My Thoughts The story’s first publication date is given as 2011 in Hammer and Bolter Issue 9, and then republished in 2015 as an ebook. However, it really feels like something written much earlier, like in 2005(?) And I say this because the Tau lore given is very much like that of the first codex, Codex: Tau, 2001. Example the equipment for the crisis battlesuits feels like the first Tau codex; there is no air bursting fragmentation grenade or cyclic ion blasters for instance. Also the action described resembles the 4th edition Warhammer 40,000 rule set. If anyone remembers the “target priority”rule, then you’ll know what I mean. So over all, it feels like the story was bought by Black Library, but then they sat on it before finally publishing it in 2011. For those of you not aware, Black Library has done this before, with Aun’Shi by Braden Campbell. Black Library bought the story, but by the time they published it, the new 6th edition codex had come out; and Tau lore had changed, making the story “obsolete”. My suspicion is that something similar happened with this story.
The story itself, well I have to say I was disappointed, as the author is Andy Chambers and all. My disappointment comes from the reduction of the “war” to a few engagements by a single cadre. I knew it was a short story, but I thought maybe, it was going to be about one outstanding event in the war. Maybe the incident where Farsight earned his name “Shovah”? But, besides that one disappointment, the story is quite well written. Mr. Chambers is very economical in his description and dialogue, and the action of the moves along at good pace. And his depiction of Commander Farsight, is so far my favourite, of all the Black Library or Games Workshop authors.
Farsight comes across just like always I thought he would be, a hard hitting, no-nonsense, get-the-job-done commander. The first thing he does when he gets to Arkunasha is to challenge the entire cadre to fight him with wooden sticks (swords?). Farsight has made them remove their armour; which they can’t put back on, until they each one of them defeats him in a one-on-one fight. He does this to rebuild their morale and to remind them that they are fire warriors. Another tip off that this is only a single cadre, is that it takes Farsight about day-and-a-half to fight them all.
will, the ability to fight, to be a warrior, does not reside in your
weapons, nor is it inside your armour unless you bring it there
yourself! The warrior begins within, a warrior is one who still fights
with whatever they have and with nothing at all if they must!’ Commander Farsight, pg. 6 The Arkunasha War
There are a couple more quotes, but I don’t want to spoil them for you; it’s only a short story after all!
It was this incident in the story made me think of something, “Hey, this sounds like something that would happen in a John Wayne movie?” Wait a minute, this is a John Wayne movie, it’s Fort Apache with John Wayne and Henry Fonda! Now, I must confess something, for as long as I have played Tau, and I play only Farsight Tau; I have imagined Commander Farsight as Sean Connery. A Tau version of Sean Connery of course, but always “Mr. James Bond” as the commander from Vior’la. But having read The Arkunasha War by Andy Chambers, I think John Wayne would do just as well!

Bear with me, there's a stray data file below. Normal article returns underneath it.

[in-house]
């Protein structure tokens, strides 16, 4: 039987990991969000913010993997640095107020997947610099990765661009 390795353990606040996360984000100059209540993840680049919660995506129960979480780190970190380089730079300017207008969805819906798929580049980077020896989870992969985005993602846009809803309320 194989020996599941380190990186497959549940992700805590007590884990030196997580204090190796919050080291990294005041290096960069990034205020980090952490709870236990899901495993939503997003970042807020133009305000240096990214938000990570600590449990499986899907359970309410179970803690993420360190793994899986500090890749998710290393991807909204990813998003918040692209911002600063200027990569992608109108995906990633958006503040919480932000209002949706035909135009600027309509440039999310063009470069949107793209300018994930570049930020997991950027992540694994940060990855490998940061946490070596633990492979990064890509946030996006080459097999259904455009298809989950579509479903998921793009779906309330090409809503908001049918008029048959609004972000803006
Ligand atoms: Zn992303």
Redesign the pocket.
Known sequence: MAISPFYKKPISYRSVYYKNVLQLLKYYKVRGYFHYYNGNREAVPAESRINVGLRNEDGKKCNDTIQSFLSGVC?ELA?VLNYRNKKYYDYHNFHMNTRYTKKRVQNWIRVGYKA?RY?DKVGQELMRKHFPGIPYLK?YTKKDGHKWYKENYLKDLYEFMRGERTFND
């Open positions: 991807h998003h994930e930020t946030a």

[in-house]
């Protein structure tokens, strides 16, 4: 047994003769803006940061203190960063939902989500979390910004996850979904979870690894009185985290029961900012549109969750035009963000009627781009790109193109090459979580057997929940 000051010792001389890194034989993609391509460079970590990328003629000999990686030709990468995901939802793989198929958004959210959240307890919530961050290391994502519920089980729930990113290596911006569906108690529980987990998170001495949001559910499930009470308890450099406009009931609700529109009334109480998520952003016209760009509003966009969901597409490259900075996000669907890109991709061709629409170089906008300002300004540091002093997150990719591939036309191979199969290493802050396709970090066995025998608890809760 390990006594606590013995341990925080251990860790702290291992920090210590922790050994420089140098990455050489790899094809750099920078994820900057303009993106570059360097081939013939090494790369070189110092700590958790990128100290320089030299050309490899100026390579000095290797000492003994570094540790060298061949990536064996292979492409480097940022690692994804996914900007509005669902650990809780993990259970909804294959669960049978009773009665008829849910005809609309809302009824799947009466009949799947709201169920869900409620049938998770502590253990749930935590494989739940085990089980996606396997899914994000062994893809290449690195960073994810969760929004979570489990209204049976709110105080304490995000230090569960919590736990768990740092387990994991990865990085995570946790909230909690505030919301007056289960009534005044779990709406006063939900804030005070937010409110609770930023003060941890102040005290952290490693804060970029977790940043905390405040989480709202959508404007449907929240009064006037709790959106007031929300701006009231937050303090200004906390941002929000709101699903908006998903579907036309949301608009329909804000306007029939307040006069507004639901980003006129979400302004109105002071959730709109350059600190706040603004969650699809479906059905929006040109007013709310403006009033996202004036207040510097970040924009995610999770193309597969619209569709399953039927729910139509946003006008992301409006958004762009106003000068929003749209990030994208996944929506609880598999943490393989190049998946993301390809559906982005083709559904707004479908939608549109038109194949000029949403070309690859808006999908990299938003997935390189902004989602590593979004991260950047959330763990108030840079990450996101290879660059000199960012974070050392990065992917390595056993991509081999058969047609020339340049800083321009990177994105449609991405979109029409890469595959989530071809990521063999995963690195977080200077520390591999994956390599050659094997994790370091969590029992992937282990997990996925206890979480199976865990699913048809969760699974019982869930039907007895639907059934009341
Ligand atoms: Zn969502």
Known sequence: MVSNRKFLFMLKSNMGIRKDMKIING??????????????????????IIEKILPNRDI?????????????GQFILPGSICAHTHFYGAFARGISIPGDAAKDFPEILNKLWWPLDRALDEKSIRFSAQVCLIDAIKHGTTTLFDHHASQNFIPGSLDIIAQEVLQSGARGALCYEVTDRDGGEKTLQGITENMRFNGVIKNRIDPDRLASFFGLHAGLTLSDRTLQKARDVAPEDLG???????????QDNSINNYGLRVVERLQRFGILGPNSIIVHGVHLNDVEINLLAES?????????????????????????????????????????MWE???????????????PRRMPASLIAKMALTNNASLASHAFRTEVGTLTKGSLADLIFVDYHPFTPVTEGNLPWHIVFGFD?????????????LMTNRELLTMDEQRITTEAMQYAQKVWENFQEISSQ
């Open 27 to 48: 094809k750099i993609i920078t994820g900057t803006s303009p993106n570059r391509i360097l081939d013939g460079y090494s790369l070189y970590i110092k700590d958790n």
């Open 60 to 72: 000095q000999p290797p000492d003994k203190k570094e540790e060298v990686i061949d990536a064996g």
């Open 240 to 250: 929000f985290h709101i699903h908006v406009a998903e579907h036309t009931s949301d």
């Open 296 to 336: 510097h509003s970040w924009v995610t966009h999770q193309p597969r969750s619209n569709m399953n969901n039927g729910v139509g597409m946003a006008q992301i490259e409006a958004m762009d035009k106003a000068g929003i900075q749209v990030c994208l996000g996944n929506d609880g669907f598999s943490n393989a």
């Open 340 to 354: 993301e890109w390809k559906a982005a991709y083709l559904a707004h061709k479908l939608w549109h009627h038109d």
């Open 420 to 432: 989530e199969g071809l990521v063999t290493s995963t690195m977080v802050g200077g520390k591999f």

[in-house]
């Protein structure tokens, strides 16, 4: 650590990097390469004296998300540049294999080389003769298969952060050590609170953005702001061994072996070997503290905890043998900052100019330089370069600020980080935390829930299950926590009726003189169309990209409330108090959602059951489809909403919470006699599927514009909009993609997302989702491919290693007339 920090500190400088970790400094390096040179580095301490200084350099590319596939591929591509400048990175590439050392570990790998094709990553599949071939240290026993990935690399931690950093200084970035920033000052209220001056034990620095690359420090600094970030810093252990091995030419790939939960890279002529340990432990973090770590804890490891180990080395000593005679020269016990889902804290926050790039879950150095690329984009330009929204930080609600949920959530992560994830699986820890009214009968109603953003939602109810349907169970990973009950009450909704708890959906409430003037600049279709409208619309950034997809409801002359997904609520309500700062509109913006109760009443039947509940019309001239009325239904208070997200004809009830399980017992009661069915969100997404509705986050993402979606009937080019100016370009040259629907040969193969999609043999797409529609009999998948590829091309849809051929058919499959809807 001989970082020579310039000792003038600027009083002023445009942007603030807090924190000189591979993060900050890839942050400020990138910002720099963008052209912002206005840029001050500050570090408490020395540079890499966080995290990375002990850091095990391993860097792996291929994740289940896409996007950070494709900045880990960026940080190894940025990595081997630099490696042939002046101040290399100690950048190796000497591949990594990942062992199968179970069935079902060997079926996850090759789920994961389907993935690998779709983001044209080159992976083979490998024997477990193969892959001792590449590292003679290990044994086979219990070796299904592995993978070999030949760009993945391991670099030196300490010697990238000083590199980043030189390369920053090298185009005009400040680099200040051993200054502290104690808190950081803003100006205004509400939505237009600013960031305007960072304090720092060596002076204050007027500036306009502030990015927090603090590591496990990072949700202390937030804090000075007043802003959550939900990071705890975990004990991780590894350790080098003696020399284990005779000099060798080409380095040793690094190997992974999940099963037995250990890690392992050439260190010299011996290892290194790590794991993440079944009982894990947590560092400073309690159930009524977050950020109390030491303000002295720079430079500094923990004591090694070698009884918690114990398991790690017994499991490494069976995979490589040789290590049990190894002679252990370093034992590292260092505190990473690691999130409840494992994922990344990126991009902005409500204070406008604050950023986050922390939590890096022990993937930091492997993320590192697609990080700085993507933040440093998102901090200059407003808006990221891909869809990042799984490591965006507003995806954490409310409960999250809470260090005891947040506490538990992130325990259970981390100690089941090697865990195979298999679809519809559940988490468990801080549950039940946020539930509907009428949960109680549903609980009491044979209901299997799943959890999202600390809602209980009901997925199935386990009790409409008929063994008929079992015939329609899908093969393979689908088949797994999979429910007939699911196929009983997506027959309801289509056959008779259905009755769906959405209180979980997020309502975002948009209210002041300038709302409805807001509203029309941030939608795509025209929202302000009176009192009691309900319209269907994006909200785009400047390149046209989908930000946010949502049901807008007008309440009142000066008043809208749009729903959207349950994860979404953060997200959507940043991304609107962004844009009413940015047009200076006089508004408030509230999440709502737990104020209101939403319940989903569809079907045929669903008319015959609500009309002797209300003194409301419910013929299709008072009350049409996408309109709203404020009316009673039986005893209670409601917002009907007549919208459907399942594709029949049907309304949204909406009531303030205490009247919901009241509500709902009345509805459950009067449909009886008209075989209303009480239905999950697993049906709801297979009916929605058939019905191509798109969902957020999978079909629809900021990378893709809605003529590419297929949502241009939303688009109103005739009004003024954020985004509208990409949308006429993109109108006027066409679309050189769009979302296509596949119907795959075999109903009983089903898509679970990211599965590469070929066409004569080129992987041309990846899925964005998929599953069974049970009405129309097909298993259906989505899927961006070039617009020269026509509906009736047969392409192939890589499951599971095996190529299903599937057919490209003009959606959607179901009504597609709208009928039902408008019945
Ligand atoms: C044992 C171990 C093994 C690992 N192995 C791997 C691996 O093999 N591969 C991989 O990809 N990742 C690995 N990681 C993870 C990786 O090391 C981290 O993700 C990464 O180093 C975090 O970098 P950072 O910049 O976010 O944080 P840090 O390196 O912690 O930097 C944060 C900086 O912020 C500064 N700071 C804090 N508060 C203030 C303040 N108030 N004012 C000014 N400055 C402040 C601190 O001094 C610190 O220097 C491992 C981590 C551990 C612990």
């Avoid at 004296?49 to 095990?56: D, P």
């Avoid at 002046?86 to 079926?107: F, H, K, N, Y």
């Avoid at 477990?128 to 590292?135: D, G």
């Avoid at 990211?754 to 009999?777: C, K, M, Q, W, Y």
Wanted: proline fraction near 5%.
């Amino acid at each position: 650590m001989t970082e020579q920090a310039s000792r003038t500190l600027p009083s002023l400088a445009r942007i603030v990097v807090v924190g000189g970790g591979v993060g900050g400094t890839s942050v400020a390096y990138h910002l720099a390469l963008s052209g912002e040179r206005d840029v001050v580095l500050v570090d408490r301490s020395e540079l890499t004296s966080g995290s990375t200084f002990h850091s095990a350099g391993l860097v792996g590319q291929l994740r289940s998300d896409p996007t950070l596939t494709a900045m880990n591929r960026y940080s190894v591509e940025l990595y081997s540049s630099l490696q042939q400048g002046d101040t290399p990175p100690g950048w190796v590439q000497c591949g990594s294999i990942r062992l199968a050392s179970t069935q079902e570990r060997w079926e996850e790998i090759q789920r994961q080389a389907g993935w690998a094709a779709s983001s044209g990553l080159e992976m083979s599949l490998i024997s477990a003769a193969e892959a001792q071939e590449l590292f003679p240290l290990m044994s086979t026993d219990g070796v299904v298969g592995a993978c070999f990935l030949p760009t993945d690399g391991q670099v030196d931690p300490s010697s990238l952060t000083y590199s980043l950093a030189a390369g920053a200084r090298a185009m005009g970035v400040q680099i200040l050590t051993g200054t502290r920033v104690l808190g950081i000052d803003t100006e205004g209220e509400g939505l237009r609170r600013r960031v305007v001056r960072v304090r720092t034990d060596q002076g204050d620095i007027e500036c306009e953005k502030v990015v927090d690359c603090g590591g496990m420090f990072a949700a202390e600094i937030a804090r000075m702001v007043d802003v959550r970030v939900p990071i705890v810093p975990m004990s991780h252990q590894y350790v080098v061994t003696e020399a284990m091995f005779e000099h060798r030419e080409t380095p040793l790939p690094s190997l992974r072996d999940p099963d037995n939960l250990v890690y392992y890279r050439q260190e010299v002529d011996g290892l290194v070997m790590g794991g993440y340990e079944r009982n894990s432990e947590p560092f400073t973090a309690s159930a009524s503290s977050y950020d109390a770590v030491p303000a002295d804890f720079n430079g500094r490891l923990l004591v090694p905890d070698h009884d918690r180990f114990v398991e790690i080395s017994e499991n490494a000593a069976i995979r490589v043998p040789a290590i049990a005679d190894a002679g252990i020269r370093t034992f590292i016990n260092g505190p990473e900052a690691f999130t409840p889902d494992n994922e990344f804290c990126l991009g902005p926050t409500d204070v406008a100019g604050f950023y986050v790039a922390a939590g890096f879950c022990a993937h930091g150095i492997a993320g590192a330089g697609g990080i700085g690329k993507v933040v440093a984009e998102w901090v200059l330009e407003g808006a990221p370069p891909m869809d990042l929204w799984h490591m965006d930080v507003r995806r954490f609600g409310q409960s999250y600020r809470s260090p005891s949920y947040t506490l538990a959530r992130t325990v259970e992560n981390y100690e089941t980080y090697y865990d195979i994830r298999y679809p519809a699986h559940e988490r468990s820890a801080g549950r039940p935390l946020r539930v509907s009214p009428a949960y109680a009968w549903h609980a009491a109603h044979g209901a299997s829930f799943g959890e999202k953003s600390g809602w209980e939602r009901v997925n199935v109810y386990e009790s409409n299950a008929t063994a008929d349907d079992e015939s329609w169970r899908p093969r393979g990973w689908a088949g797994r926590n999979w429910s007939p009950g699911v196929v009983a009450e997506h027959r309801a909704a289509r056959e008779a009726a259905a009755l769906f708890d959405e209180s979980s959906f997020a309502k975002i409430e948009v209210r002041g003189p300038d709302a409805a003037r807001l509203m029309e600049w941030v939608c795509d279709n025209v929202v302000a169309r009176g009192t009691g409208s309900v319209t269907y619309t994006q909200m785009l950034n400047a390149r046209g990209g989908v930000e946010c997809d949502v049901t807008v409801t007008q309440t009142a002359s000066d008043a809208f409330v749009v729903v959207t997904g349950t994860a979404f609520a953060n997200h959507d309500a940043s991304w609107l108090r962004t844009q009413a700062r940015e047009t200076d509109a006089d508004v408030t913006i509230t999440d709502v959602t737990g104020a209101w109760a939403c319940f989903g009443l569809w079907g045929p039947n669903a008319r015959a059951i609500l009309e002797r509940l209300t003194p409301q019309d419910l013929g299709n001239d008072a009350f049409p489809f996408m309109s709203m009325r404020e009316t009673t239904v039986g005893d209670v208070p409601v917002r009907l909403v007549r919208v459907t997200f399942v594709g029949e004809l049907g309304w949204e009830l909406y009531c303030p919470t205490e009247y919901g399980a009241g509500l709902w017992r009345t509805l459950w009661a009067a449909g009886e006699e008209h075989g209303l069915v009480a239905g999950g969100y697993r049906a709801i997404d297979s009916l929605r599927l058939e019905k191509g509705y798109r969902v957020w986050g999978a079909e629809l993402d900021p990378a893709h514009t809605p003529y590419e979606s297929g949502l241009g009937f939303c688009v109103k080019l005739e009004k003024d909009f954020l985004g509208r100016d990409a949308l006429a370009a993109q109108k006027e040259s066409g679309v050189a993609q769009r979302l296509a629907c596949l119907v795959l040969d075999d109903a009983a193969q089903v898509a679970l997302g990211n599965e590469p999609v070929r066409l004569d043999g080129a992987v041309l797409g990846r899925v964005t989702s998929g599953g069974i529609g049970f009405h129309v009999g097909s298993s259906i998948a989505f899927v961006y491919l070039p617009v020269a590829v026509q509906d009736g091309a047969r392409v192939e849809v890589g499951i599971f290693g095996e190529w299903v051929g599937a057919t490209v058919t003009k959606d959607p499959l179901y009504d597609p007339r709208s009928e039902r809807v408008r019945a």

Rating: Two-and-half Blue Thumbs Up (Only for being a short story and having dated lore)
A prominent leader of the Bedonkohe Apache tribe, Geronimo led his tribe’s resistance against the white colonization of southwestern North American. He eventually surrendered after a year of fighting, in 1886. He spent the last 20 years of his life as a prisoner
A pair of before and after photos from the infamous Carlisle Indian boarding school. This group shot shows the children of Apache leaders who were imprisoned in Florida after surrendering to General Miles in 1886. These didactic photos were meant to show the “positive” outcomes of the US policies of Indian removal and forced assimilation.
Biographical notes on some of these children can be found in the book “From Fort Marion to Fort Sill: A Documentary History of the Chiricahua Apache Prisoners of War, 1886-1913”. A not insignificant number of the Apache children taken to Carlisle at this time–about 100 from Fort Marion–died of TB and other diseases; a few children in this photo never returned home and were buried at Carlisle. Hugh Chee, on the other hand, was among those pictured here who lived a long life.
“Chiricahua Apaches as they arrived at Carlisle from Fort Marion, Florida, November 4th., 1886”, Carlisle Indian School, Pennsylvania Photographer: J.H. Choate Date: 1886 Negative Number 002113
“Chiricahua Apaches Four Months After Arriving at Carlisle”, Carlisle Indian School, Pennsylvania Photographer: J.H. Choate Date: 1886 Negative Number 002112